Thursday, March 15, 2012

Cosmos and Reality, Infinite and Absolute

The human being is faced with a range of phenomena -- both exterior and interior, i.e., thoughts and things -- of which he needs to take account and make sense. And if he is to comprehend the totality of existence, i.e., the Kosmos, then the True Philosopher, the extreme seeker after knowledge, the ardent lover of wisdom, the off-road spiritual adventurer, must exclude nothing (including, of course, Nothing; in other words, he must also be mindful of non-being, or more or less complete privations of the Good and True).

Being that man cannot bearth or begaial himself -- for no man is autochthonous -- and stands in a venerable stream of tradition, he will eavoid dissing in it and dismissing the illustrious minds that went before, the vast majority of whom found the existence of Spirit to be soph-evident.

If embracing the fancies of a Dawkins or Dennett means rejecting the oceanic depths of an Aquinas or Maritain, then so much the worse for the modern misosophers who are blind to any reality that exceed the limits of their narrow reason. For example, reader William, as usual, turns reality on its head by appealing to what he calls "the infinite" in order to maintain his rigidly finite, parochial, and earthbound attitudes.

What he forgets is that to posit the Infinite -- which only man can do, and which in a certain sense defines man -- carries with it certain immediate implications. If nothing else, to take seriously the principle of the Infinite is to leave vulgar materialism behind and enter the realm of pure metaphysics. If the Infinite "exists," then it is obviously a first principle, since it cannot be surpassed. If nothing else, it is the end of the lyin'.

As Schuon explains, "To say Absolute, is to say Infinite."

I mean, right? Again, the mind cannot surpass infinitude, so it is an absolute: "Infinitude is an intrinsic aspect of the Absolute." As such, "It is from this 'dimension' of Infinitude that the world necessarily springs forth; the world exists because the Absolute, being such, implies Infinitude."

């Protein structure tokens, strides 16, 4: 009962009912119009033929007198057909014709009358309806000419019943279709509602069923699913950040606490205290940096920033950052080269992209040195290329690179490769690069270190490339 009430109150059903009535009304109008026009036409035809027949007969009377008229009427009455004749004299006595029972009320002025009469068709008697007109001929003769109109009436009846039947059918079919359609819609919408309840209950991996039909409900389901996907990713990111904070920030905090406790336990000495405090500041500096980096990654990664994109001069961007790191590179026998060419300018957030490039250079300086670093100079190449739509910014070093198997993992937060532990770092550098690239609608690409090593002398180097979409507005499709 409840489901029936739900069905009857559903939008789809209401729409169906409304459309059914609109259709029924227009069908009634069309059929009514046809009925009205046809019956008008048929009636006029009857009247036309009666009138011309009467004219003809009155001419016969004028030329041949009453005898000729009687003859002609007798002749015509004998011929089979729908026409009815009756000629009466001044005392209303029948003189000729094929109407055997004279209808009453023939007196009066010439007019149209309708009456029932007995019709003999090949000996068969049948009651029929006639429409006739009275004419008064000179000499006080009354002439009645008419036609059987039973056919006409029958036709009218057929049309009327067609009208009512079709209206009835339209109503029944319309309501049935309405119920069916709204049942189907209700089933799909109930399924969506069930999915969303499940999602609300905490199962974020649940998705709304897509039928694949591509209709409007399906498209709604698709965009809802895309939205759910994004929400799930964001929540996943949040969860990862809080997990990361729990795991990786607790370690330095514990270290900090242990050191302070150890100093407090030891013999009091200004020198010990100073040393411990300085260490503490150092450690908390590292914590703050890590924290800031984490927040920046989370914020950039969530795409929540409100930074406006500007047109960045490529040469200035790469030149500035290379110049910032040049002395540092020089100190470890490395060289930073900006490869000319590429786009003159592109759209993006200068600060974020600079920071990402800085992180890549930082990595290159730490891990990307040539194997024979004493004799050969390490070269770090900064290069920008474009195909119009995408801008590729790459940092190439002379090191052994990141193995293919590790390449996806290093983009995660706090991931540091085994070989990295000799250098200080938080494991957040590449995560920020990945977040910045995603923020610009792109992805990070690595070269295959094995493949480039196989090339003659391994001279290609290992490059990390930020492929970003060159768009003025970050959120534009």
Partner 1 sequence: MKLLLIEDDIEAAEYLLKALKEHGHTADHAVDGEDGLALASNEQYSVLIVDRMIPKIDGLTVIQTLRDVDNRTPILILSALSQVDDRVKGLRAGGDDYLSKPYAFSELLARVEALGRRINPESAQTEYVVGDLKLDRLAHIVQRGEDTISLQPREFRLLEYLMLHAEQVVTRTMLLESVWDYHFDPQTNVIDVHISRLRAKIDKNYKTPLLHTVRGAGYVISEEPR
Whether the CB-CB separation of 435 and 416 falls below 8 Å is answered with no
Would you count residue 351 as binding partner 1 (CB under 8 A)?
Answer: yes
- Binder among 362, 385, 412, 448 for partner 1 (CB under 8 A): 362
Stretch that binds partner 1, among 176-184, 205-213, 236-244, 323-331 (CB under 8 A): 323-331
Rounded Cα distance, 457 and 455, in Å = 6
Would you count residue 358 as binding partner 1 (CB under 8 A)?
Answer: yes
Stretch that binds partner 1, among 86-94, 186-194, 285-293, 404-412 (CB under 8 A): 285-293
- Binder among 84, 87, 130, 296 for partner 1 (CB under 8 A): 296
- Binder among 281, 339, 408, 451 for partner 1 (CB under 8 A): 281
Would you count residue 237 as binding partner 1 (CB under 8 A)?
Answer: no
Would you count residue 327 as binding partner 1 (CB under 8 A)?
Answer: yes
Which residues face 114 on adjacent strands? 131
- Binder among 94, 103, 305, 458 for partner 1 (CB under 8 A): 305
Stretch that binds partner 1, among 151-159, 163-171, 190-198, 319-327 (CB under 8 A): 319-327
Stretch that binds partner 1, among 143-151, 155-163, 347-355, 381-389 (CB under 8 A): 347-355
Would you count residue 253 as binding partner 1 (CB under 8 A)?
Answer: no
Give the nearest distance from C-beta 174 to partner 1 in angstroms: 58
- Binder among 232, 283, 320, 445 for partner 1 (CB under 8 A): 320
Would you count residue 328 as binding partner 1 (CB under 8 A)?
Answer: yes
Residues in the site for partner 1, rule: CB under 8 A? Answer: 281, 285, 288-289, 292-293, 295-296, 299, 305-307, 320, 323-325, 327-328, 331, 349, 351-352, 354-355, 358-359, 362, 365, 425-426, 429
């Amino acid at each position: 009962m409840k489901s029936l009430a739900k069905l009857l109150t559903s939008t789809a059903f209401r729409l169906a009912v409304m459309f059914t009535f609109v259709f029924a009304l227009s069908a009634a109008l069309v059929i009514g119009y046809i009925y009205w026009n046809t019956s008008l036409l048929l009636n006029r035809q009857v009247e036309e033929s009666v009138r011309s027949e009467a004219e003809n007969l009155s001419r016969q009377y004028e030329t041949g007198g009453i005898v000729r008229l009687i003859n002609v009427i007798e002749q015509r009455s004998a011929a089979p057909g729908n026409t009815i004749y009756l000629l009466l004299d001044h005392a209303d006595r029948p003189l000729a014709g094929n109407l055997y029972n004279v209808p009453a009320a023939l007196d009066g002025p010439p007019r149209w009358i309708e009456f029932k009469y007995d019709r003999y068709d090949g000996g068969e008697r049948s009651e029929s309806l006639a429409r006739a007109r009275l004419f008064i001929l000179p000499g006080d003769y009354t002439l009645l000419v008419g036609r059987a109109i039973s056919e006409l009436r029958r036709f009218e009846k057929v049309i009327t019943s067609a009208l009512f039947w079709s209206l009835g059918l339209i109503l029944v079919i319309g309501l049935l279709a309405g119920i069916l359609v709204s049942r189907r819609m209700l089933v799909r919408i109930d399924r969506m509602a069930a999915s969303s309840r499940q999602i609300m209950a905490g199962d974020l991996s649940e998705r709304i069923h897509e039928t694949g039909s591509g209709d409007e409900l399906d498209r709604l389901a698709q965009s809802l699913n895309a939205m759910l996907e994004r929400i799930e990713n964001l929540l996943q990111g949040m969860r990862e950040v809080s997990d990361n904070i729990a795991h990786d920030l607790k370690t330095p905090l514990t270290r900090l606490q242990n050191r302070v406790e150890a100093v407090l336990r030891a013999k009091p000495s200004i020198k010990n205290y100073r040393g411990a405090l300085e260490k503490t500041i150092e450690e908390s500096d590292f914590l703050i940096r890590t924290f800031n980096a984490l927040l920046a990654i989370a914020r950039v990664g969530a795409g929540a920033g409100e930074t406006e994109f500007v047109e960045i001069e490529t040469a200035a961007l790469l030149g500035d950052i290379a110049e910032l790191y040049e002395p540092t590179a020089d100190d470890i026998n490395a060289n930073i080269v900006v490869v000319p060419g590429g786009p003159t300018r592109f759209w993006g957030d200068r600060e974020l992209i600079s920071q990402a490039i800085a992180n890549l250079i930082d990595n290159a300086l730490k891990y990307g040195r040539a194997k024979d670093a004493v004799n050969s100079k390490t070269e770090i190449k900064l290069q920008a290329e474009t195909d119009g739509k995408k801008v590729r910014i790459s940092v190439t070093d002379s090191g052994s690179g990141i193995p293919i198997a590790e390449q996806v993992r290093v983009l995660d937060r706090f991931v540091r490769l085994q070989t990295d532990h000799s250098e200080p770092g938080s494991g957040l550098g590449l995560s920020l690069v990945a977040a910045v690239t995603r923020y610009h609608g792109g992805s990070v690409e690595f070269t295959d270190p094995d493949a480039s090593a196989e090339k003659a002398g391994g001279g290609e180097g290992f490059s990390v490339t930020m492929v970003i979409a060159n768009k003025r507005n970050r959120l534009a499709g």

Now, we know the cosmos is "expanding," for that is an implication of Infinitude. Schuon:

"The Infinite is that which, in the world, appears as modes of expanse or of extension, such as space, time, form or diversity, number or multiplicity, matter or substance.

"In other words, and to be more precise: there is a conserving mode, and this is space; a transforming mode, and this is time; a qualitative mode, and this is form, not inasmuch as it limits, but inasmuch as it implies indefinite diversity; a quantitative mode, and this is number, not inasmuch as it fixes a given quantity, but inasmuch as it too is indefinite; a substantial mode, and this is matter, it too being without limit as is shown by the star- filled sky. Each of these modes has its prolongation" in our world, "for these modes are the very pillars of universal existence."

Those who "go off the deep end" receive all of the attention from mental health professionals, but it is also possible -- and more common, actually -- to fall off the shallow end, "to lose everything but one's reason," as somewag once said. These people can't really be helped, since they find the shallow end to be quite congenial to their simplistic (not simple) souls. They know how to wade, to tread water, to dog-paddle, and that's all they want or need to know.

This blog is not addressed to them, so I don't know why they keep returning. Their little vessels will just keep crapsizing unless they overcome their dysluxia and learn to god-paddle in the bobtismal waters of Raccoon Central.

The materialists propose what amounts to an absurdly false hierarchy with man at the top, but no way to explain how he got up there (since there can be no objective progress in a random and meaningless cosmos). As Schuon explains,

"To say that man is the measure of all things is meaningless unless one starts from the idea that God is the measure of man, or that the absolute is the measure of the relative, or again, that the universal Intellect is the measure of individual existence.... Once man makes himself a measure, while refusing to be measured in turn, or once he makes definitions while refusing to be defined by what transcends him and gives him all meaning, all human reference points disappear; cut off from the Divine, the human collapses."

This is why there can be no philosophy more anti-human than secular (as opposed to Christian) humanism; you cannot turn man into a god without placing him beneath himself, for you will simply create a demon who is beyond good and evil.

"Intelligence is the perception of a reality, and a fortiori the perception of the Real as such" (Schuon). Therefore, intelligence is the ability to discern the Real from the unreal, or from the "less real."

Furthermore, intelligence itself must share something of the substance of the Real, or it could not possibly know it. Ultimately, Truth and Intelligence must be two aspects of the same thing, or both are meaningless, at least as far as humans are concerned.